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Creating Speech Goals for Children with Childhood Apraxia of Speech

Creating goals for children with Childhood Apraxia of Speech can be something that speech pathologists struggle with as we are often trained to work on many things all at once. For children with childhood apraxia of speech or CAS, we want to simplify things to help their speech systems be successful. Think of it a little like stacking blocks, we want to add one piece add a time to build the sturdiest tower! To create goals that allow them to have success, we want to create goals that either focus on adding a new sound, or adding a new syllable shape. We can introduce a new or tricky sound into existing words shapes the child is already using to help them have more success. If you try and create a goal that combines a new syllable shape and a new sound, the child is less likely to have success because their motor system becomes too overwhelmed and they begin to have breakdowns in their speech.


If you ever feel like you are spinning your wheels with finding targets for your children with childhood apraxia of speech, try and simplify what you are targeting. Look to easier movement patterns between consonant and vowels, easier syllable shapes or learning new syllable shapes with sounds they already have in their repertoire. It can be tempting to try and throw a lot of new things at their system to help them become easier to understand, but this will quickly lead to frustration for both of you. Working with other speech pathologists to help them find successful targets for their children with childhood apraxia of speech, I often remind them to choose less targets and look to movement patterns that will be successful for them. At the beginning, it is helpful to write out the sounds the child is able to make and the syllable shapes they are already able to make, and then build from there.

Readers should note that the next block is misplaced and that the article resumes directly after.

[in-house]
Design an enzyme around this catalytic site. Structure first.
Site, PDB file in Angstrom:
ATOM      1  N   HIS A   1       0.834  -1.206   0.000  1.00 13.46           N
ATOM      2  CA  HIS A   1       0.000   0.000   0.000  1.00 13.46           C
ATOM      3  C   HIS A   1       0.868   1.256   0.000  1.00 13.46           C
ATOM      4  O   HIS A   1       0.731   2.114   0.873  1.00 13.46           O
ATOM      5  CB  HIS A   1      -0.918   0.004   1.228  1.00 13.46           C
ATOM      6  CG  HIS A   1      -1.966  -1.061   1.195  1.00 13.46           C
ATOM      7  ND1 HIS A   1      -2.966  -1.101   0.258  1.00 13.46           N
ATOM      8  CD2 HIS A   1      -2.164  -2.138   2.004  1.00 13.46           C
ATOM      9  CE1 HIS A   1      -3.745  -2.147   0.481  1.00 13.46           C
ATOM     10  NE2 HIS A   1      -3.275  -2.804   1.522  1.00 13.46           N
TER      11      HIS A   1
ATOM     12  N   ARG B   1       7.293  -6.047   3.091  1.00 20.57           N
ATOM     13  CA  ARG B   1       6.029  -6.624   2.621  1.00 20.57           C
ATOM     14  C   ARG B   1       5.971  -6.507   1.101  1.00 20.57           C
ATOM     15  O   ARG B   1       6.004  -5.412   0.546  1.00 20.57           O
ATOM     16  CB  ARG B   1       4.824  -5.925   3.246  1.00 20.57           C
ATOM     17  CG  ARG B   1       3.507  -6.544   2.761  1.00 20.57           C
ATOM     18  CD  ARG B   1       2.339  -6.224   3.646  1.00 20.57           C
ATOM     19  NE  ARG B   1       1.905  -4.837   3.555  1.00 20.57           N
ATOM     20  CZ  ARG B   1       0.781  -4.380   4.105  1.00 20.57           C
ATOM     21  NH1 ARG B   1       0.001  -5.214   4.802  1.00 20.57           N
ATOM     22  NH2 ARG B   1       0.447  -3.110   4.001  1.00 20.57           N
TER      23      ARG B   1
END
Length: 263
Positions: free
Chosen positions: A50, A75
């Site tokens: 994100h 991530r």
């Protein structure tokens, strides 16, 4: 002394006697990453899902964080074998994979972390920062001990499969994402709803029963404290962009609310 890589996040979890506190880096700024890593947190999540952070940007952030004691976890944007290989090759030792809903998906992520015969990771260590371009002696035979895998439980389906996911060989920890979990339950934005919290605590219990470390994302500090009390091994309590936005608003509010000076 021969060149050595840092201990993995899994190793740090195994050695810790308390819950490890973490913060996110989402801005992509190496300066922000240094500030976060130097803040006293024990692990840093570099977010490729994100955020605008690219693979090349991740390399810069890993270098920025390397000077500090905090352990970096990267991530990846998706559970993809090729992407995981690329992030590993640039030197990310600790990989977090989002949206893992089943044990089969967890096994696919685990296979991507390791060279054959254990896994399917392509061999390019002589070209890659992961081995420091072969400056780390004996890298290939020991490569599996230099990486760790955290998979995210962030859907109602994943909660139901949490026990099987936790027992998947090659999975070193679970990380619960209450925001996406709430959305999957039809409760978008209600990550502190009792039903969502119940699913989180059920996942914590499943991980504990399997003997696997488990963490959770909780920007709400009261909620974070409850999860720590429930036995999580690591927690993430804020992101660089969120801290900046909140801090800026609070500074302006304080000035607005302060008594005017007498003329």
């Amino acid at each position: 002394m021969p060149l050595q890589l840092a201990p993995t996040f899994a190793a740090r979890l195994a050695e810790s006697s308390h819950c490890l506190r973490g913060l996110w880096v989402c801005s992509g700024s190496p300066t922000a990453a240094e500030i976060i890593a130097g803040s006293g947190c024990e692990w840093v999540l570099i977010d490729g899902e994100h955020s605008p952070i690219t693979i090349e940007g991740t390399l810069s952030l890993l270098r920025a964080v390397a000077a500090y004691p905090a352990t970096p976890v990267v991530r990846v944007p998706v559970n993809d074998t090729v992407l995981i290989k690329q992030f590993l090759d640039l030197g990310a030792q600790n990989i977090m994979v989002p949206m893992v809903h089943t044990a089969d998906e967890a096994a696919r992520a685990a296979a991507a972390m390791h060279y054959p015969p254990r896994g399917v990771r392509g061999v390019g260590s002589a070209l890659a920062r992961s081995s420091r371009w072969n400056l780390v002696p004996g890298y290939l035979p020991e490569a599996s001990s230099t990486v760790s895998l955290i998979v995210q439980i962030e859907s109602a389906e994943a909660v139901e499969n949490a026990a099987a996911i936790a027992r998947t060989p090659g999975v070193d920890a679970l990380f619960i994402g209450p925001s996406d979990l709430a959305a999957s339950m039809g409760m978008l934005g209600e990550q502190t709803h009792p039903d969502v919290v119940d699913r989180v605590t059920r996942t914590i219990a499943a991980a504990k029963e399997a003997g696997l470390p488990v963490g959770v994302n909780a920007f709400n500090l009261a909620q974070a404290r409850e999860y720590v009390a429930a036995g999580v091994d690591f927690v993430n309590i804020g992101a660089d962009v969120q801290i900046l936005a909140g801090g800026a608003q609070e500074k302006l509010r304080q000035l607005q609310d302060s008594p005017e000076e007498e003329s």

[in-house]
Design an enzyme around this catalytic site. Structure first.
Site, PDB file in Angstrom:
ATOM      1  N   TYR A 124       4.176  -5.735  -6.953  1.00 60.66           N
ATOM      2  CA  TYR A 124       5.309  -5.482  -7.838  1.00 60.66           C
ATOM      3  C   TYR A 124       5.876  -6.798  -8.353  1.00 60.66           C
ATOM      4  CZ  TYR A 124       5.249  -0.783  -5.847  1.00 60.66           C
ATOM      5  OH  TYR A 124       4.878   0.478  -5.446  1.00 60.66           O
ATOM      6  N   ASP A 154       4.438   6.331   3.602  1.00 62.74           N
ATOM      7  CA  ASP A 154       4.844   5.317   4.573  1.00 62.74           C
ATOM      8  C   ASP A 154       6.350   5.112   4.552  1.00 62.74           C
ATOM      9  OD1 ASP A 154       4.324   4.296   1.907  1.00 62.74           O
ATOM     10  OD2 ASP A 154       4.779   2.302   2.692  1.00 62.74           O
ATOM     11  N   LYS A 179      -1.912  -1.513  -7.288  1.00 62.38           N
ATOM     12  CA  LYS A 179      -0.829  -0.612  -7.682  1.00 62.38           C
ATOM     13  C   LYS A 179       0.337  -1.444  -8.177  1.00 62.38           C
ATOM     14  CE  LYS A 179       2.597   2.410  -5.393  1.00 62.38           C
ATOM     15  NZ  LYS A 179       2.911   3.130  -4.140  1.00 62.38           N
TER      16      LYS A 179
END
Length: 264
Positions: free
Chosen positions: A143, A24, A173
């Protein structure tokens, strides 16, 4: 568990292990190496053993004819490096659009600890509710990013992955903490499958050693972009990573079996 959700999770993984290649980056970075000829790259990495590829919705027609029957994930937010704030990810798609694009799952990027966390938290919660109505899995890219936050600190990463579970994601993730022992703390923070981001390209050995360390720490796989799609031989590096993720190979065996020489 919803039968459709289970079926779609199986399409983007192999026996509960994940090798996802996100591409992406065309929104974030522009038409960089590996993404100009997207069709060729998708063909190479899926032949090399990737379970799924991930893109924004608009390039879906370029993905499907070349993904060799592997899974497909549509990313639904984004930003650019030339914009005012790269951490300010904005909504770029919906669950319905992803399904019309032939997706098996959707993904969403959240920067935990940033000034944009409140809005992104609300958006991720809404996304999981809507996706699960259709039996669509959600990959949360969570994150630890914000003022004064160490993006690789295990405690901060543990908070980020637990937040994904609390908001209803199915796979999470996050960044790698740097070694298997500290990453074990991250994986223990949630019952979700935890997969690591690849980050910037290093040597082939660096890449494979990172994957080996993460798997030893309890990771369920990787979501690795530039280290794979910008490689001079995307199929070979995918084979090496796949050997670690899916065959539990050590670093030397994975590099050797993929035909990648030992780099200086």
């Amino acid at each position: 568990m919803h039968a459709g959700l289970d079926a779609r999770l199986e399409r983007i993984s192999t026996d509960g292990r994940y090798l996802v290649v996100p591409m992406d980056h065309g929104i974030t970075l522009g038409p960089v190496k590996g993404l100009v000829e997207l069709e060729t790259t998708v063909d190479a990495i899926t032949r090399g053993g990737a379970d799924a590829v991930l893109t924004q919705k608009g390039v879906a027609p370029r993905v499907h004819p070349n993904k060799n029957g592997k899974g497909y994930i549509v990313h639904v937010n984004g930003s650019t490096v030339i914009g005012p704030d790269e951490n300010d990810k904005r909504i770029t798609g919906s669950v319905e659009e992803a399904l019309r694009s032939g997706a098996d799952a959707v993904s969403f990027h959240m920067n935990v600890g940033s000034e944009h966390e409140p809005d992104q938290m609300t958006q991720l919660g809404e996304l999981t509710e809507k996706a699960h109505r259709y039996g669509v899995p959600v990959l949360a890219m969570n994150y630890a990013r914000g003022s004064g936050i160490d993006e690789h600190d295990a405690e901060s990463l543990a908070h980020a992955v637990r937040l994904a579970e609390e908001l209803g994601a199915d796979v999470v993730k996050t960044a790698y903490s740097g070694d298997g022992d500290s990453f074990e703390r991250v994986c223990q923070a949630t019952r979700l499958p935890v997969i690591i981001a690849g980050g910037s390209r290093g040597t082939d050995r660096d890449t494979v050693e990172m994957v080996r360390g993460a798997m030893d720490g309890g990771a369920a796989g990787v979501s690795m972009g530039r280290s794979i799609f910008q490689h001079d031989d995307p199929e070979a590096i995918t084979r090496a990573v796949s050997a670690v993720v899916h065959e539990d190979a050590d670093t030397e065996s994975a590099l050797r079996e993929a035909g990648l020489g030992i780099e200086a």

For clients with Childhood Apraxia of Speech, we want to consider:

1) Adding a new sound to existing syllable shapes.

2) Adding a new syllable shape using existing sounds the child can make.


For our older children with CAS, in speech therapy we need to start looking at the longer and more complicated syllable shapes. Consider targetting multisyllabic words and helping the child to focus on being clear with these three and four syllable words. Don't forget to help them move them into phrases and then sentences as we need to help them work on adding in these connected speech movement patterns. Hopefully this gets you thinking about new targets for your children with CAS that you can incorporate into your next speech therapy session.

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